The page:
The social intelligence hypothesis links the evolution of exceptional cognitive skills to the requirements of complex social systems. Empirical evidence of a connection between cognitive skills and social behaviour on an individual level is lacking. I investigated how cognitive performance in carrion crows correlates with social behaviour. Social behaviour was observed and crows were tested in four tasks previously published elsewhere: qualitative exchange, quantity preference, inequity aversion, heterospecific recognition. I describe correlations between an individuals’ involvement in affiliative and aggressive encounters and performance during these different cognitive tasks. For example, individuals performing better in the qualitative exchange task received more approaches and affiliative interactions. There was a correlation between birds choosing higher quantities during testing and their propensity to initiate aggressive and affiliative interactions with others. Overall these results show a link between social behaviour and individual performance in cognitive tasks.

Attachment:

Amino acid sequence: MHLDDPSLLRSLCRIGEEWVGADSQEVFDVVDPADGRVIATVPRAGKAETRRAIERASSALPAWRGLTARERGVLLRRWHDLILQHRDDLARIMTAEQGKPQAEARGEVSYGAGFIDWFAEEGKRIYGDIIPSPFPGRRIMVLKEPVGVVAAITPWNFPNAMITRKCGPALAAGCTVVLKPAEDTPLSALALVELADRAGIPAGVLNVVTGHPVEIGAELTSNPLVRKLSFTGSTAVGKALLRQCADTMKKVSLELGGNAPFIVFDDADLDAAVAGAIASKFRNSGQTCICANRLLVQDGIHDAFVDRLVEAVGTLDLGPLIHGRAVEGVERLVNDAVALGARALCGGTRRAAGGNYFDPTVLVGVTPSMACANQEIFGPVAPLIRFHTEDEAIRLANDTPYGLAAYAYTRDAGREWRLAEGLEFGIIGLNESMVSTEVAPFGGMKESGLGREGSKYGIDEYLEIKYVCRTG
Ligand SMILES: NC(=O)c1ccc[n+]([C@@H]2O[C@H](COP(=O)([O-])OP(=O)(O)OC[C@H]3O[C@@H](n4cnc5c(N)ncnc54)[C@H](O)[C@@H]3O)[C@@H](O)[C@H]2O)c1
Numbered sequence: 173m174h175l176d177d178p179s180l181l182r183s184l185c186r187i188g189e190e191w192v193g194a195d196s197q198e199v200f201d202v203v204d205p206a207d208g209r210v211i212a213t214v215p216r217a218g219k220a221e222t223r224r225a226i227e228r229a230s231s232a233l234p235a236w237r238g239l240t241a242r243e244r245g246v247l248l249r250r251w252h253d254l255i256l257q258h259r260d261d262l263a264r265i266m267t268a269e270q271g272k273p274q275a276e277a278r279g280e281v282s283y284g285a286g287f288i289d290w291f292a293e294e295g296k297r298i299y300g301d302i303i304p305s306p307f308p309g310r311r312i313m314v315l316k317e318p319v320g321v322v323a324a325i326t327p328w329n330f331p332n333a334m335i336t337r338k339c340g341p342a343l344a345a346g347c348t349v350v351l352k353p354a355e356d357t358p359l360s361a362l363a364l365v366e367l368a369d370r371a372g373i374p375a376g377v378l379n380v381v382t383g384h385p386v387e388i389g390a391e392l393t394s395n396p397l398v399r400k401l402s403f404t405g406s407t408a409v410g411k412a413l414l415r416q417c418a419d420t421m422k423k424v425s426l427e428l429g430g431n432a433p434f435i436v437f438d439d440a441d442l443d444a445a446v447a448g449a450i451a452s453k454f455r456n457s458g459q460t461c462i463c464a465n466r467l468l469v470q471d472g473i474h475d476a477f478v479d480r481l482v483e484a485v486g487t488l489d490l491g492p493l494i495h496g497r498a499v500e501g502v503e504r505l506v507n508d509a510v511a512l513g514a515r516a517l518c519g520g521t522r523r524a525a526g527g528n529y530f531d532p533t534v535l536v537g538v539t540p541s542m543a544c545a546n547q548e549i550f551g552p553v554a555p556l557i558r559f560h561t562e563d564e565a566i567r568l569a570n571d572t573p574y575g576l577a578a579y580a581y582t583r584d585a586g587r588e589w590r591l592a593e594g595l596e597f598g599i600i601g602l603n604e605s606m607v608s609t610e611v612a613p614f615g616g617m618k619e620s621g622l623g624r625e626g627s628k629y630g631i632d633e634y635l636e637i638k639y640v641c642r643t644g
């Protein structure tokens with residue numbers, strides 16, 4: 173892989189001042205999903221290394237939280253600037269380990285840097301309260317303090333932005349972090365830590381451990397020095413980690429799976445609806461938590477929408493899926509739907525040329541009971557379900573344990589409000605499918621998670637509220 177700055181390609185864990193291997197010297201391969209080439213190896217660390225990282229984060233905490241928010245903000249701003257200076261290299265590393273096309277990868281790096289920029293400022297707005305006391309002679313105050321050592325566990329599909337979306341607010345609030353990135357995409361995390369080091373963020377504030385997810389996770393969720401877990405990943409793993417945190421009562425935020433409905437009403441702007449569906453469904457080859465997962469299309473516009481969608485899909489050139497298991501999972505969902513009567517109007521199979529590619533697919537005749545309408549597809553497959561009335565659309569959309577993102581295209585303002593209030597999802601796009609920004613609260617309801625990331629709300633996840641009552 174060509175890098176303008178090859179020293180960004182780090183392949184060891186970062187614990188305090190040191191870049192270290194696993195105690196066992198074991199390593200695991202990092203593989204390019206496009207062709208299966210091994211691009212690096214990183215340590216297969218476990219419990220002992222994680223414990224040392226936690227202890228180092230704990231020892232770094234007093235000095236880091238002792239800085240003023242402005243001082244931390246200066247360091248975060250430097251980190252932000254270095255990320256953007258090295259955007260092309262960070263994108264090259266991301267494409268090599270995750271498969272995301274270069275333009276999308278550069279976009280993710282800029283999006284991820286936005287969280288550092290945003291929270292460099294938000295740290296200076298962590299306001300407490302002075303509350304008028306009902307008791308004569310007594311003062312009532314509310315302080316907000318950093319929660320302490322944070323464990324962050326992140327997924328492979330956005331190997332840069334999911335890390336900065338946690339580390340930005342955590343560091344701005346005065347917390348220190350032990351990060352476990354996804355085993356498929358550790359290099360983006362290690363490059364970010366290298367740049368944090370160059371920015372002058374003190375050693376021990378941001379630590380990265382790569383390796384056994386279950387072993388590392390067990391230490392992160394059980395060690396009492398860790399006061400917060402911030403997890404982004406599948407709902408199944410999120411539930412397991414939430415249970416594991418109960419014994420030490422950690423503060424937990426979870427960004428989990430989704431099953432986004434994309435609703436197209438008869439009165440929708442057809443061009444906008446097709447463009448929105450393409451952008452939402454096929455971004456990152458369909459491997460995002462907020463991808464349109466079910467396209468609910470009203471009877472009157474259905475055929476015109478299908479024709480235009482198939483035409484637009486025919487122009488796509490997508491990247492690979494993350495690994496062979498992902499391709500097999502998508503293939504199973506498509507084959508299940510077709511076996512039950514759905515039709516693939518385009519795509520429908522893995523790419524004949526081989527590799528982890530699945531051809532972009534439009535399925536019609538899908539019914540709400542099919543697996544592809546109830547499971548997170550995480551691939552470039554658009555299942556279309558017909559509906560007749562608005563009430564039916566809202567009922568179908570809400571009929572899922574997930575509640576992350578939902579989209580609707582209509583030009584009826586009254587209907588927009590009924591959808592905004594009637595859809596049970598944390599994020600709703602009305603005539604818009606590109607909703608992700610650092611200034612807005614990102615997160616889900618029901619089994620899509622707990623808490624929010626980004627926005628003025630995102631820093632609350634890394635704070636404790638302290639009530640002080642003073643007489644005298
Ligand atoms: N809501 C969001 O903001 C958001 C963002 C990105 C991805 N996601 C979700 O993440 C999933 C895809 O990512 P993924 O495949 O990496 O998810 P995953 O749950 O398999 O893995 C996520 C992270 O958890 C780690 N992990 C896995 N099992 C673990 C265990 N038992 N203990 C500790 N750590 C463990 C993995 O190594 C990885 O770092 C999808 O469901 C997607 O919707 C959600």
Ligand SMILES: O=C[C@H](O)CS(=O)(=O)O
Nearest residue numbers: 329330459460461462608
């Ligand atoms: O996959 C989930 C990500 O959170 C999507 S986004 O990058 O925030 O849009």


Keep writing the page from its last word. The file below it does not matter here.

Chimpanzees and capuchin monkeys: comparative cognition. — In:
Reaching into thought: the minds of the great apes (
RussonA.E.BardK.A.ParkerS.T. eds). Cambridge University PressCambridge p.
Dolphin social intelligence: complex alliance relationships in bottlenose dolphins and a consideration of selective environments for extreme brain size evolution in mammals. —
Phil. Trans. Roy. Soc. Lond. B362:
The structure of a bottlenose dolphin society is coupled to a unique foraging cooperation with artisanal fishermen. —
Measures of classroom quality in prekindergarten and children’s development of academic, language and social skills. —
Sociality and social learning in two species of corvids: the pinyon jay (Gymnorhinus cyanocephalus) and the Clark’s nutcracker (Nucifraga columbiana). —
J. Comp. Psychol.113: